Disorder can stabilize batteries

October 9, 2018, Karlsruhe Institute of Technology
The active material studied with high-resolution transmission electron microscopy (HRTEM) and energy-dispersive X-ray spectroscopy (EDX). Credit: Nature Communications

Novel materials can considerably improve storage capacity and cycling stability of rechargeable batteries. Among these materials are high-entropy oxides (HEO), whose stability results from a disordered distribution of the elements. With HEO, electrochemical properties can be tailored, as was found by scientists of the team of nanotechnology expert Horst Hahn at Karlsruhe Institute of Technology (KIT). The researchers report their findings in the journal Nature Communications.

Sustainable energy supply requires reliable storage systems. Demand for rechargeable devices for both stationary and mobile applications has increased rapidly in the past years and is expected to continue to grow in the future. Among the most important properties of batteries are their and their cycling stability, i.e. the number of possible charging and discharging processes without any loss of capacity. Thanks to its high stability, an entirely new class of called high-entropy oxides (HEO) is expected to result in major improvements. Moreover, electrochemical properties of HEO can be customized by varying their compositions. For the first time, scientists of KIT's Institute of Nanotechnology (INT) and Karlsruhe Nano Micro Facility (KNMF), of the Helmholtz Institute Ulm (HIU) established jointly by KIT and Ulm University, and of the Indian Institute of Technology in Madras have now demonstrated the suitability of HEO as conversion materials for reversible lithium storage. Conversion batteries based on electrochemical material conversion allow for an increase of the stored amount of energy, while battery weight is reduced. The scientists used HEO to produce conversion-based electrodes that survived more than 500 charging cycles without any significant degradation of capacity.

The Nanostructured Materials group of Professor Horst Hahn, Director of KIT's INT, is among the pioneers of research into high-entropy oxides. The scientists published several of the still rare publications about these that have been known for a few years only. The special properties of HEO result from entropy stabilization. This makes them comparable to the already better known high-entropy alloys. Entropy-stabilized HEO are complex oxides containing five or more different metal cations of the same amounts and exhibiting a single-phase crystal structure. Although typical crystal structures of the elements differ considerably, they form a joint lattice and distribute to the positions in the crystal without any apparent order. This disorder, also referred to as high entropy, stabilizes the material, probably because it impairs migration of defects in the lattice.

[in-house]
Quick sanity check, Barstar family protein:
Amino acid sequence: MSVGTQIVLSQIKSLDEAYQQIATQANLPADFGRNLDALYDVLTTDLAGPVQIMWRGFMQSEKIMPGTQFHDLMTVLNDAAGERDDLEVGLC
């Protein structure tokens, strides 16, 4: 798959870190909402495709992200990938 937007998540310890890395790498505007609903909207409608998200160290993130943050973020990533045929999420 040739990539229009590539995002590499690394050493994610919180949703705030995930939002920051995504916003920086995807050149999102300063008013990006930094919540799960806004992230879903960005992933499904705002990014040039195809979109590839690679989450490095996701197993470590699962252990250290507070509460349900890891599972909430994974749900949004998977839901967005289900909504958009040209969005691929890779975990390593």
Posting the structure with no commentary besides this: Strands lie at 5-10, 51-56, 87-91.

"Thanks to the high stability, the interactions of the different metal cations, and the high number of feasible element combinations, HEO open up undreamt-of opportunities," says Professor Horst Hahn. The study presented in Nature Communications concentrated on HEO based on transition metals (TM-HEO), which are characterized by high lithium ion conductivity. By means of transmission electron microscopy (TEM), the researchers studied the structure of TM-HEO and its impact on the conversion reaction. They found that removal of one element only reduces entropy and adversely affects cycling stability. Each individual element influences the electrochemical behavior of the TM-HEO, such that the materials can be tailored to various applications. The result is a modular approach to the systematic development of electrode materials. "Our study has shown that entropy-stabilized HEO considerably differ from classical conversion material," Horst Hahn says. "To open up their full potential for energy storage applications, however, further research is needed."

Explore further: A novel approach of improving battery performance

More information: Abhishek Sarkar et al. High entropy oxides for reversible energy storage, Nature Communications (2018). DOI: 10.1038/s41467-018-05774-5

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